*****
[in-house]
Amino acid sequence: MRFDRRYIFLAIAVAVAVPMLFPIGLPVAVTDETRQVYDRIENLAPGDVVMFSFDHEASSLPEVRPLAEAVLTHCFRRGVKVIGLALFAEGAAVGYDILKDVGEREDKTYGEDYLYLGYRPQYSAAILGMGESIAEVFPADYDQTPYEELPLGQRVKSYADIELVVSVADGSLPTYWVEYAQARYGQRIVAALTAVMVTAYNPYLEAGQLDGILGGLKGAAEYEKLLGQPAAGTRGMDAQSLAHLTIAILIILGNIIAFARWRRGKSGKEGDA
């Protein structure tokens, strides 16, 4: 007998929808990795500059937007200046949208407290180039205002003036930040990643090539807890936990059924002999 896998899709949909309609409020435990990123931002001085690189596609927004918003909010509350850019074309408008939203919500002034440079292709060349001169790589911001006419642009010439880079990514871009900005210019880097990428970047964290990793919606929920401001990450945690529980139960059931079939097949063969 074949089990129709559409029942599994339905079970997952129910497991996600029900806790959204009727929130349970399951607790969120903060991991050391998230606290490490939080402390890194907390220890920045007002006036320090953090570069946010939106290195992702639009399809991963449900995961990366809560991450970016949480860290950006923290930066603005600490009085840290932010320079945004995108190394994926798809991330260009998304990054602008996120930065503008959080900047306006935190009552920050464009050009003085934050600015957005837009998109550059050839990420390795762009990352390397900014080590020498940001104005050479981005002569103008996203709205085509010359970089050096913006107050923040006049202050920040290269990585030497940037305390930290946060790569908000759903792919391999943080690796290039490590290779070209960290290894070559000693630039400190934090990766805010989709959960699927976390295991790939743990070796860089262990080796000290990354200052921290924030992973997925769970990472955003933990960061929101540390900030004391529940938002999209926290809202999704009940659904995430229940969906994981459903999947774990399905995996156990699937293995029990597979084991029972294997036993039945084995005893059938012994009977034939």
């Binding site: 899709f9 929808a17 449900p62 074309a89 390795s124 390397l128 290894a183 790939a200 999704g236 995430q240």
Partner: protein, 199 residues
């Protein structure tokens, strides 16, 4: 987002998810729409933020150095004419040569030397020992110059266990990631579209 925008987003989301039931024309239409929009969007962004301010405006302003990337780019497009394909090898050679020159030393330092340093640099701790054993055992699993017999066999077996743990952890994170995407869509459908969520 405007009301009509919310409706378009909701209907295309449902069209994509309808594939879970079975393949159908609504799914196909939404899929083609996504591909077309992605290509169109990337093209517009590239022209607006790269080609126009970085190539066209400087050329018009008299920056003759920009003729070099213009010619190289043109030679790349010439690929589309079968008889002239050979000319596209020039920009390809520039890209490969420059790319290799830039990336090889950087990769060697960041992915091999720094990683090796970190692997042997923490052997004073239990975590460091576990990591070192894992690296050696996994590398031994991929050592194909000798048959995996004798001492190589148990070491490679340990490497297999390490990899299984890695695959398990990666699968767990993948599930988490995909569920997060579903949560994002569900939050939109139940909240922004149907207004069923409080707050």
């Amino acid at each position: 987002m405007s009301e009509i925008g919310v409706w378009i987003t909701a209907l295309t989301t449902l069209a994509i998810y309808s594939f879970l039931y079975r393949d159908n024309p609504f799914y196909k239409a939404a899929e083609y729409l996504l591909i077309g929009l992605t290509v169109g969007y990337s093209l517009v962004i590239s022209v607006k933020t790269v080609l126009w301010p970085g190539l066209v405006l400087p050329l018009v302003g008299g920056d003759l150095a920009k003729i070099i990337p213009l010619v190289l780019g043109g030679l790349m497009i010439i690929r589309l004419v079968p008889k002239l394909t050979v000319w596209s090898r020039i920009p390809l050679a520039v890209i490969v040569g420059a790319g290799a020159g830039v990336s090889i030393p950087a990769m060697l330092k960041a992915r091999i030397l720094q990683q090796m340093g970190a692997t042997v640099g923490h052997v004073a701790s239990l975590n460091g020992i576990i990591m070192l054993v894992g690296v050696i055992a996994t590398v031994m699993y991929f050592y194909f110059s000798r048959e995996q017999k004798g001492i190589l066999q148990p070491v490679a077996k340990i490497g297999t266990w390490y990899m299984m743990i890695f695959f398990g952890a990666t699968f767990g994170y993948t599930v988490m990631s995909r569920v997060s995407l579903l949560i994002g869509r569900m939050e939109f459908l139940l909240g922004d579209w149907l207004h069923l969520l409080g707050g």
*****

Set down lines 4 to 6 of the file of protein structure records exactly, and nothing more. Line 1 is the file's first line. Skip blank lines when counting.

């Binding site: 899709f9 929808a17 449900p62 074309a89 390795s124 390397l128 290894a183 790939a200 999704g236 995430q240």
Partner: protein, 199 residues
């Protein structure tokens, strides 16, 4: 987002998810729409933020150095004419040569030397020992110059266990990631579209 925008987003989301039931024309239409929009969007962004301010405006302003990337780019497009394909090898050679020159030393330092340093640099701790054993055992699993017999066999077996743990952890994170995407869509459908969520 405007009301009509919310409706378009909701209907295309449902069209994509309808594939879970079975393949159908609504799914196909939404899929083609996504591909077309992605290509169109990337093209517009590239022209607006790269080609126009970085190539066209400087050329018009008299920056003759920009003729070099213009010619190289043109030679790349010439690929589309079968008889002239050979000319596209020039920009390809520039890209490969420059790319290799830039990336090889950087990769060697960041992915091999720094990683090796970190692997042997923490052997004073239990975590460091576990990591070192894992690296050696996994590398031994991929050592194909000798048959995996004798001492190589148990070491490679340990490497297999390490990899299984890695695959398990990666699968767990993948599930988490995909569920997060579903949560994002569900939050939109139940909240922004149907207004069923409080707050």